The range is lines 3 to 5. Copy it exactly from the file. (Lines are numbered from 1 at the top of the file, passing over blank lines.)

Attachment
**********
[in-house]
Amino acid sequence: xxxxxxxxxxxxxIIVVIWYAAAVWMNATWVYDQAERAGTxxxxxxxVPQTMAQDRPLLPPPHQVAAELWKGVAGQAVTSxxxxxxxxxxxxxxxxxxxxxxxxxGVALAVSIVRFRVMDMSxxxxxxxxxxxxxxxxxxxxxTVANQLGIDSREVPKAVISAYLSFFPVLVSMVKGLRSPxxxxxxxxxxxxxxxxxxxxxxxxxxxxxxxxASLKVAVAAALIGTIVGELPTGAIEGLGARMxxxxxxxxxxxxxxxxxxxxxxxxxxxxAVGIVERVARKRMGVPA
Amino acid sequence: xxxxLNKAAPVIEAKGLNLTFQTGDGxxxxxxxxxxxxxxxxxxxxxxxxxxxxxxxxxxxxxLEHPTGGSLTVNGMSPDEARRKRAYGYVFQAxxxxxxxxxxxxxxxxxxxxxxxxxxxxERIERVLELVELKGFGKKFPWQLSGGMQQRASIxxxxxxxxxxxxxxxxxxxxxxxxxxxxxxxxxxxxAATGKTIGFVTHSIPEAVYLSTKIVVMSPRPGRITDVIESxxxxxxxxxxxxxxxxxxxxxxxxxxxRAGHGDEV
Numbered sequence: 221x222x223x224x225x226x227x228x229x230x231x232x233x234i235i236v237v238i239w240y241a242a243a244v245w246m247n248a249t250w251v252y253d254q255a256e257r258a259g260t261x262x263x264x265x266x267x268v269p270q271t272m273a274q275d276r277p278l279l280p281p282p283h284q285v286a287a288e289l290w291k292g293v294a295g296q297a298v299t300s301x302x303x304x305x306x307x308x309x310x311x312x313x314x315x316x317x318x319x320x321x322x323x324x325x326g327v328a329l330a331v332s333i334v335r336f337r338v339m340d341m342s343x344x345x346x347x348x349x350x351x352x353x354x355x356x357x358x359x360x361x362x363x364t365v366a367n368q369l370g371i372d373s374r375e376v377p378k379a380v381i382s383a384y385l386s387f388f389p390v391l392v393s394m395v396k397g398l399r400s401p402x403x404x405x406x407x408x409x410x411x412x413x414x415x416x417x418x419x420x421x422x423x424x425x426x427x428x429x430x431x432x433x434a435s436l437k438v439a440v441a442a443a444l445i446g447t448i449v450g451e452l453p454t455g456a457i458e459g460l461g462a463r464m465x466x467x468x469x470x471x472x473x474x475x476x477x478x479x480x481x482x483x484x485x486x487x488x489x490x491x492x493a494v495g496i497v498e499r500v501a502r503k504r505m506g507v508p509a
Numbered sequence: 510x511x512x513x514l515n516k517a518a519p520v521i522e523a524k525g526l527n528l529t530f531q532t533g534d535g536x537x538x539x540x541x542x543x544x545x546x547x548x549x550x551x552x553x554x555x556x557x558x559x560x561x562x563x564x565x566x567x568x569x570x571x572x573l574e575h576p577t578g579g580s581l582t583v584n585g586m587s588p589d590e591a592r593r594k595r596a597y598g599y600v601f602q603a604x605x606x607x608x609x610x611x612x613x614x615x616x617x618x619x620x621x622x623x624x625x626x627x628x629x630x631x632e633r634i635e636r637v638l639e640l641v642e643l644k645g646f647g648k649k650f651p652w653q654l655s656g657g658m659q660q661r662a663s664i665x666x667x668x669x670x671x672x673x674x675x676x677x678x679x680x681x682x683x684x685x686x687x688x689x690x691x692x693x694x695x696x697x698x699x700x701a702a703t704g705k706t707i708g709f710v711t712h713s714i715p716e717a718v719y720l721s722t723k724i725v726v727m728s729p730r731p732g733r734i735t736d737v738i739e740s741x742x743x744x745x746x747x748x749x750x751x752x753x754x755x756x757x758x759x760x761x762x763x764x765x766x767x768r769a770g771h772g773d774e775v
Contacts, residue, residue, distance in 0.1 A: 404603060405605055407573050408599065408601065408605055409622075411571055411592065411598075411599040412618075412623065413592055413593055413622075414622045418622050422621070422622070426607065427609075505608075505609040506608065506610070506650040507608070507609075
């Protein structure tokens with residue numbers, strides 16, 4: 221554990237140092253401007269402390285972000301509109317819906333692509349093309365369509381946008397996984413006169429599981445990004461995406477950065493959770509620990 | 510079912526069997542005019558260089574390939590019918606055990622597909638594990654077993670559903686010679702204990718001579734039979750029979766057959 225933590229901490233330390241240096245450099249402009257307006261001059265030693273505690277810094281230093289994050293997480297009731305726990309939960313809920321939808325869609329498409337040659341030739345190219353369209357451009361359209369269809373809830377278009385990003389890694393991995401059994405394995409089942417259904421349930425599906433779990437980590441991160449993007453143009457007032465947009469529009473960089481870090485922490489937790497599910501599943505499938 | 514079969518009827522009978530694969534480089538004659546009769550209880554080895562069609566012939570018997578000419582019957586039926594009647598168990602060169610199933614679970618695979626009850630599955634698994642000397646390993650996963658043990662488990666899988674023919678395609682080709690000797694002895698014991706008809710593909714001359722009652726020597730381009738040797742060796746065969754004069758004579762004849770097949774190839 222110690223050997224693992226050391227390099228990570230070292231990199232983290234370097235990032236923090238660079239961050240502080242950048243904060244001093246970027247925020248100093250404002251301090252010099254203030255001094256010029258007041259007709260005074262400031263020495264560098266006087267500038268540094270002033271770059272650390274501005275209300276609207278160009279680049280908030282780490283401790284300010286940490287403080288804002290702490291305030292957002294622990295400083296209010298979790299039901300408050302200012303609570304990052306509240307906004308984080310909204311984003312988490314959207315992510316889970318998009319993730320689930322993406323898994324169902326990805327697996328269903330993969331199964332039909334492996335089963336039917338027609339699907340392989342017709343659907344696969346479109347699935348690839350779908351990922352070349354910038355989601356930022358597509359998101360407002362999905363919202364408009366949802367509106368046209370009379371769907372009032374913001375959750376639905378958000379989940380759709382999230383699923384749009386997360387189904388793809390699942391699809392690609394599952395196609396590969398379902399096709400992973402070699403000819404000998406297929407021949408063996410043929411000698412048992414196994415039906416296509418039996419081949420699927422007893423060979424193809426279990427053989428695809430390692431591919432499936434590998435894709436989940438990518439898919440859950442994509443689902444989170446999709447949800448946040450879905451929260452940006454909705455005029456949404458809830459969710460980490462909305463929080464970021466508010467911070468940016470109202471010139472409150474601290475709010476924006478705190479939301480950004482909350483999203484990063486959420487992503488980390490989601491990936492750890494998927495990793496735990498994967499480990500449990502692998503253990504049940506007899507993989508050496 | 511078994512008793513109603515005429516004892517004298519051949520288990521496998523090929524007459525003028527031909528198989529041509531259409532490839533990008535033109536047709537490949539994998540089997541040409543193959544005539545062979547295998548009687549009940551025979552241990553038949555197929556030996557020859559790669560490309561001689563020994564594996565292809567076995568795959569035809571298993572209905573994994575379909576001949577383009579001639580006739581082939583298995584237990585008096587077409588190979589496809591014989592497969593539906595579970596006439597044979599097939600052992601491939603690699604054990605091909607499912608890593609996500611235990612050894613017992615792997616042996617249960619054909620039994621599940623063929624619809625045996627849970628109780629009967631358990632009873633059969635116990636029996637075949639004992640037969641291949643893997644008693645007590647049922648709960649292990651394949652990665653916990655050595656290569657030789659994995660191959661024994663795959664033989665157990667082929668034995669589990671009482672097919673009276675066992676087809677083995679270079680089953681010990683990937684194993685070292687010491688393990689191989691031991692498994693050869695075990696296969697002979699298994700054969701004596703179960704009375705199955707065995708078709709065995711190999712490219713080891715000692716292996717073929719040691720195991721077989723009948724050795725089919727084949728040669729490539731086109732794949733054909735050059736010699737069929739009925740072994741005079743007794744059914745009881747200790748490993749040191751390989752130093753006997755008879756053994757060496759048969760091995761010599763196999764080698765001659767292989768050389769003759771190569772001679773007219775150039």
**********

Amino acid sequence: xxxxLNKAAPVIEAKGLNLTFQTGDGxxxxxxxxxxxxxxxxxxxxxxxxxxxxxxxxxxxxxLEHPTGGSLTVNGMSPDEARRKRAYGYVFQAxxxxxxxxxxxxxxxxxxxxxxxxxxxxERIERVLELVELKGFGKKFPWQLSGGMQQRASIxxxxxxxxxxxxxxxxxxxxxxxxxxxxxxxxxxxxAATGKTIGFVTHSIPEAVYLSTKIVVMSPRPGRITDVIESxxxxxxxxxxxxxxxxxxxxxxxxxxxRAGHGDEV
Numbered sequence: 221x222x223x224x225x226x227x228x229x230x231x232x233x234i235i236v237v238i239w240y241a242a243a244v245w246m247n248a249t250w251v252y253d254q255a256e257r258a259g260t261x262x263x264x265x266x267x268v269p270q271t272m273a274q275d276r277p278l279l280p281p282p283h284q285v286a287a288e289l290w291k292g293v294a295g296q297a298v299t300s301x302x303x304x305x306x307x308x309x310x311x312x313x314x315x316x317x318x319x320x321x322x323x324x325x326g327v328a329l330a331v332s333i334v335r336f337r338v339m340d341m342s343x344x345x346x347x348x349x350x351x352x353x354x355x356x357x358x359x360x361x362x363x364t365v366a367n368q369l370g371i372d373s374r375e376v377p378k379a380v381i382s383a384y385l386s387f388f389p390v391l392v393s394m395v396k397g398l399r400s401p402x403x404x405x406x407x408x409x410x411x412x413x414x415x416x417x418x419x420x421x422x423x424x425x426x427x428x429x430x431x432x433x434a435s436l437k438v439a440v441a442a443a444l445i446g447t448i449v450g451e452l453p454t455g456a457i458e459g460l461g462a463r464m465x466x467x468x469x470x471x472x473x474x475x476x477x478x479x480x481x482x483x484x485x486x487x488x489x490x491x492x493a494v495g496i497v498e499r500v501a502r503k504r505m506g507v508p509a
Numbered sequence: 510x511x512x513x514l515n516k517a518a519p520v521i522e523a524k525g526l527n528l529t530f531q532t533g534d535g536x537x538x539x540x541x542x543x544x545x546x547x548x549x550x551x552x553x554x555x556x557x558x559x560x561x562x563x564x565x566x567x568x569x570x571x572x573l574e575h576p577t578g579g580s581l582t583v584n585g586m587s588p589d590e591a592r593r594k595r596a597y598g599y600v601f602q603a604x605x606x607x608x609x610x611x612x613x614x615x616x617x618x619x620x621x622x623x624x625x626x627x628x629x630x631x632e633r634i635e636r637v638l639e640l641v642e643l644k645g646f647g648k649k650f651p652w653q654l655s656g657g658m659q660q661r662a663s664i665x666x667x668x669x670x671x672x673x674x675x676x677x678x679x680x681x682x683x684x685x686x687x688x689x690x691x692x693x694x695x696x697x698x699x700x701a702a703t704g705k706t707i708g709f710v711t712h713s714i715p716e717a718v719y720l721s722t723k724i725v726v727m728s729p730r731p732g733r734i735t736d737v738i739e740s741x742x743x744x745x746x747x748x749x750x751x752x753x754x755x756x757x758x759x760x761x762x763x764x765x766x767x768r769a770g771h772g773d774e775v